5 More New Songs To Consider for Worship in Lent

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A few years ago, I authored a post for Seedbed entitled 5 New Songs To Consider for Worship in Lent, and based on some of the feedback we’ve received, I decided to add a few new songs to that list for those of you who build the liturgies and choose songs for more modern or contemporary services in the local church. The Lenten season has a rich catalogue of songs for us to sing together; I’d encourage you to check these out as possible additions to your church’s Lenten worship:

1. “Humble” – Written by Audrey Assad

An incredible meditation on both the Christ Hymn of Philippians 2:6-11 and John the Baptist’s statement in John 3:30, this song brings Christ’s great love and humility into focus, which can be quite powerful as we walk the road to Calvary together throughout Lent.

2. “Man of Sorrows” – Written by Brooke Ligertwood and Matt Crocker

Our church has taken to this song quite profoundly. Written with a clear hymnic structure, the song leads us through themes of Christ’s love and humility, the atonement and new birth, and ultimately the resurrection. In my opinion, this is one of the better tunes Hillsong has released in the past decade.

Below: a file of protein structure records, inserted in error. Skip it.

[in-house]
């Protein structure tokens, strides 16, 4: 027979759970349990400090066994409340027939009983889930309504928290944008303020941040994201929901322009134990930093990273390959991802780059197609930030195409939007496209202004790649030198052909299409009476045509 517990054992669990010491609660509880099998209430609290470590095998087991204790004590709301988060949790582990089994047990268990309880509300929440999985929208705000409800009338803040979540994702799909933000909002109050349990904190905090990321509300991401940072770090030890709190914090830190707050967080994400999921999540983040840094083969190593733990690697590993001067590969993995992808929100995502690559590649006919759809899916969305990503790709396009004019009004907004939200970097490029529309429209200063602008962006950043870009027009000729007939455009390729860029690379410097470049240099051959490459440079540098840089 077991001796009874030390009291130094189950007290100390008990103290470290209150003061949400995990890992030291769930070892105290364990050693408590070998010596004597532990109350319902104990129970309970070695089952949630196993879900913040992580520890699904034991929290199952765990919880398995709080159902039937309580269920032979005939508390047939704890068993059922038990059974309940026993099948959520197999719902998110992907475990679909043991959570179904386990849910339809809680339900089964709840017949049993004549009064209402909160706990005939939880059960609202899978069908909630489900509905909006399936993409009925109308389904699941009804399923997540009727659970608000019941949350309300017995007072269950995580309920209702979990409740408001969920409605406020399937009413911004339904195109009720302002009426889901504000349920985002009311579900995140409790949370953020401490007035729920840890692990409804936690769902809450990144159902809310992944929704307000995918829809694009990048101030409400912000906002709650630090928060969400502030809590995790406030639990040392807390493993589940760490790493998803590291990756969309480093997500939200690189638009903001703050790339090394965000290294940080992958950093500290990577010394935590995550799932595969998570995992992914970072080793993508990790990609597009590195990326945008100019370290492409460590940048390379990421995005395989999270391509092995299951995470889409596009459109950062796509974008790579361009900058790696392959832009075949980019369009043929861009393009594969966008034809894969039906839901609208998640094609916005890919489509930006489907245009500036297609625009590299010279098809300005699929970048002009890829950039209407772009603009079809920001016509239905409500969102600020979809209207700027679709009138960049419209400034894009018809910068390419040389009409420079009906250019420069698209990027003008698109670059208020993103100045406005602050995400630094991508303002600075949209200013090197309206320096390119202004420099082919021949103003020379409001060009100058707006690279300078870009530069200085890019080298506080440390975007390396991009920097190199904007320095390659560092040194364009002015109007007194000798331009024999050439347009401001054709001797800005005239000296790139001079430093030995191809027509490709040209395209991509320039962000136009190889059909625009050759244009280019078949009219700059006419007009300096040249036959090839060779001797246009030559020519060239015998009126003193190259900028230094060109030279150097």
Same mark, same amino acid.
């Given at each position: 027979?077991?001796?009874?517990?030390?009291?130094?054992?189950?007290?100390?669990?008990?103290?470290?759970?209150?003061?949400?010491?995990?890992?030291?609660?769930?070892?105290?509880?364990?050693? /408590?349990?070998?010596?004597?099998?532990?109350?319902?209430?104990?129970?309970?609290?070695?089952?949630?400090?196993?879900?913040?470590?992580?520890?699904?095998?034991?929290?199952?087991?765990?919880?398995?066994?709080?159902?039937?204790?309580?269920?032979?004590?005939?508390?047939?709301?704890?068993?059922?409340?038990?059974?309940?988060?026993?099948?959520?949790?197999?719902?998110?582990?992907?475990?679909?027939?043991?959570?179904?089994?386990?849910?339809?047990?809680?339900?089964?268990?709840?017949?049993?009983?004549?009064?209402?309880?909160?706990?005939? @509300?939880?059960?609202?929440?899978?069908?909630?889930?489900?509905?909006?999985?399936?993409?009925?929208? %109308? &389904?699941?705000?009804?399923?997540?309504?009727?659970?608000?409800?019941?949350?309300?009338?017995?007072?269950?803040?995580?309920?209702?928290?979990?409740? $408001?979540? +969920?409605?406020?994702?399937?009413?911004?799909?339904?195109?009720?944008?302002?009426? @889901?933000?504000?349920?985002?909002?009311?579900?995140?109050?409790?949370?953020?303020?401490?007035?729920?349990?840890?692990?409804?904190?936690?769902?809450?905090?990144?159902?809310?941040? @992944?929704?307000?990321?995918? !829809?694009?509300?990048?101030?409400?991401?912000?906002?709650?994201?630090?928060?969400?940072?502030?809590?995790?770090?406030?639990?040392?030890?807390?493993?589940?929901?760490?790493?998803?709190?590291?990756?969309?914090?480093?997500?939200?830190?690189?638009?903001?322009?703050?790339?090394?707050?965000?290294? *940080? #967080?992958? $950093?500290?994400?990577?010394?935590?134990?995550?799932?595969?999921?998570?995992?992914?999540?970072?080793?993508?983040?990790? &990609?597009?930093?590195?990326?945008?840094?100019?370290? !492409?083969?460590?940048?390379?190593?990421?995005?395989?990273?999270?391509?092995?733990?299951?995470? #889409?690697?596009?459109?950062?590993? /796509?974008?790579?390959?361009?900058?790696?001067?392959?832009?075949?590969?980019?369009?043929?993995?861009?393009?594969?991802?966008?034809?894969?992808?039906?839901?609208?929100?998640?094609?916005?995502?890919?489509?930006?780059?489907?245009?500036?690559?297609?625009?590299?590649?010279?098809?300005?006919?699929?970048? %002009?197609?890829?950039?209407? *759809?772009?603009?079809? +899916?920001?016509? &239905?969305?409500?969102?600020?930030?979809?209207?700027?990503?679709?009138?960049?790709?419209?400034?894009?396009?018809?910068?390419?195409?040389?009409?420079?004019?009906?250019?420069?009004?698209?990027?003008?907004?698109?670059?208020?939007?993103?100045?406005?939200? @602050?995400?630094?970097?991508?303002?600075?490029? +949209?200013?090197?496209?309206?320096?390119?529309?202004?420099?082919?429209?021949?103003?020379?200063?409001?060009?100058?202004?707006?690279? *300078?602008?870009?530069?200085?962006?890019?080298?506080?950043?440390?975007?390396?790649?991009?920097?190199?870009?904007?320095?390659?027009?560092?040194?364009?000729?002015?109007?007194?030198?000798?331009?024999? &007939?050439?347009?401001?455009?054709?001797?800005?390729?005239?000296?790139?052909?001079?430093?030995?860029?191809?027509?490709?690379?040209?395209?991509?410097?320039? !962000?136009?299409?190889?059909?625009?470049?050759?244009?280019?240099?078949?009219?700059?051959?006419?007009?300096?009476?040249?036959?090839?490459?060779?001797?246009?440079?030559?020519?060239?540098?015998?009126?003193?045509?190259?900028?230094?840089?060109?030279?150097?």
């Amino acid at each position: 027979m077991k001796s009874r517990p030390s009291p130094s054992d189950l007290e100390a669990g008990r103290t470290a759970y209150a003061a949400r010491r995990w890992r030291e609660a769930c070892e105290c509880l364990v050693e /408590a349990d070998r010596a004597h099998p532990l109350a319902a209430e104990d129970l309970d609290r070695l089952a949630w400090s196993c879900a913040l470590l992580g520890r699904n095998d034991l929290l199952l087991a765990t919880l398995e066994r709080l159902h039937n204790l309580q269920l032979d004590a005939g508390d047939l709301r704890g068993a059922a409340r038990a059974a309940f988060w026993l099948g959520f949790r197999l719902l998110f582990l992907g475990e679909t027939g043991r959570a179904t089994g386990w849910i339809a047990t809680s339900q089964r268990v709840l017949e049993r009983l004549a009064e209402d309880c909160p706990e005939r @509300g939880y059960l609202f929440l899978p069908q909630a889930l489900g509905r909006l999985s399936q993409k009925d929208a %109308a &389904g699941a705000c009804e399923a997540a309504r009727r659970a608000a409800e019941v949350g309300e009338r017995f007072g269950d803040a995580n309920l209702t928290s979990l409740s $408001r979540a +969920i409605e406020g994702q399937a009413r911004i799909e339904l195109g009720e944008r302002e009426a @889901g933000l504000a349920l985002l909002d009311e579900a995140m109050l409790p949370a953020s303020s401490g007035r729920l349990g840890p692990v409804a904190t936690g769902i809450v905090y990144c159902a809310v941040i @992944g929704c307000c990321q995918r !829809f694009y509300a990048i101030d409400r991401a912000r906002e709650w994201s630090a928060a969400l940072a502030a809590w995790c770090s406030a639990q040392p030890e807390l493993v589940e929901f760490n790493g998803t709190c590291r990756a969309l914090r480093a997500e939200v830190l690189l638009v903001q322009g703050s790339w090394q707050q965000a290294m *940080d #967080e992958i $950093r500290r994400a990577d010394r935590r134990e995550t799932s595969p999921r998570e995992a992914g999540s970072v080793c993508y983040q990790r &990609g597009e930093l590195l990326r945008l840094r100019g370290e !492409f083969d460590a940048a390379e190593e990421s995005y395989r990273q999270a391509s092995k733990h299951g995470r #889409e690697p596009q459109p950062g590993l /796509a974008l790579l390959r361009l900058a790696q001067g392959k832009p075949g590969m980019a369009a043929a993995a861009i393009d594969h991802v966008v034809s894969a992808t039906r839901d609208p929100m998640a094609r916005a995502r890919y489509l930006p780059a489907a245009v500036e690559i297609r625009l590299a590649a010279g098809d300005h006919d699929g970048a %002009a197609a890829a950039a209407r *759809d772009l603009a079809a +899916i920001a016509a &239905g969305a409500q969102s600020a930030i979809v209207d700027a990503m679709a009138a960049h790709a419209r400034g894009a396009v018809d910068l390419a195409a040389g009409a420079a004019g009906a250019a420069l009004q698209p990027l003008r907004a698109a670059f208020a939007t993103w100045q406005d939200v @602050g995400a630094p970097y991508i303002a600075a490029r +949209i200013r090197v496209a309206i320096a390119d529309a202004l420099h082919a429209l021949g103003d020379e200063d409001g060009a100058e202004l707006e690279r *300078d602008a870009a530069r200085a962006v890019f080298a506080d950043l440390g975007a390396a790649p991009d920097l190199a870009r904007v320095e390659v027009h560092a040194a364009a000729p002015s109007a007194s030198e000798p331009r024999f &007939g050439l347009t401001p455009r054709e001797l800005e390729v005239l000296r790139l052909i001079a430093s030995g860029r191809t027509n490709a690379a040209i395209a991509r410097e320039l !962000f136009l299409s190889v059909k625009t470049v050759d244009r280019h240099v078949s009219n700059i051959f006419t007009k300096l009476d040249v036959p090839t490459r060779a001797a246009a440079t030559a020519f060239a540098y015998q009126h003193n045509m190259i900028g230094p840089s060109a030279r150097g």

3. “Your Blood Covers It All” – Written by Allie Lapointe and David Moffitt

A simple and beautiful song written in part as a reflection on the elements of the Eucharist. This song could be used as part of a beautiful response to the work of Christ at the table.

4. “The Victory” – Written by Phil Wickham

Confession: as a worship designer during Lent, I often have to guard myself from pushing the wonderful victory of Christ out of frame for our congregation. While we are joining Christ on this road to Calvary, we are also lifting up the cross and resurrection as God’ great victory for us over sin and death. This song does this quite well, with a simple verse and chorus structure that soars into a repeated anthem that proclaims the conquering of our enemies and the victory of Christ over them all.

5. “Come and See” – Written by Jason Ingram, Matt Maher, Matt Redman and Chris Tomlin

In my mind, this song would pair well with either the Eucharist or maybe procession of the cross into the church. The lyrics hold out the cross as something to be beheld, taken in, as something that speaks to us the good news of the gospel.
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Drew Causey is the Pastor of Worship and Arts at Hope Community Church in Lawrenceburg, Kentucky. He graduated from Louisiana State University with a Bachelor of Arts and a Masters of Arts in Performance Studies and Cultural Ethnography. He also holds a Masters of Divinity from Asbury Theological Seminary. Check out Drew’s excellent blog at drewcausey.com and follow him on Twitter @drewcausey.

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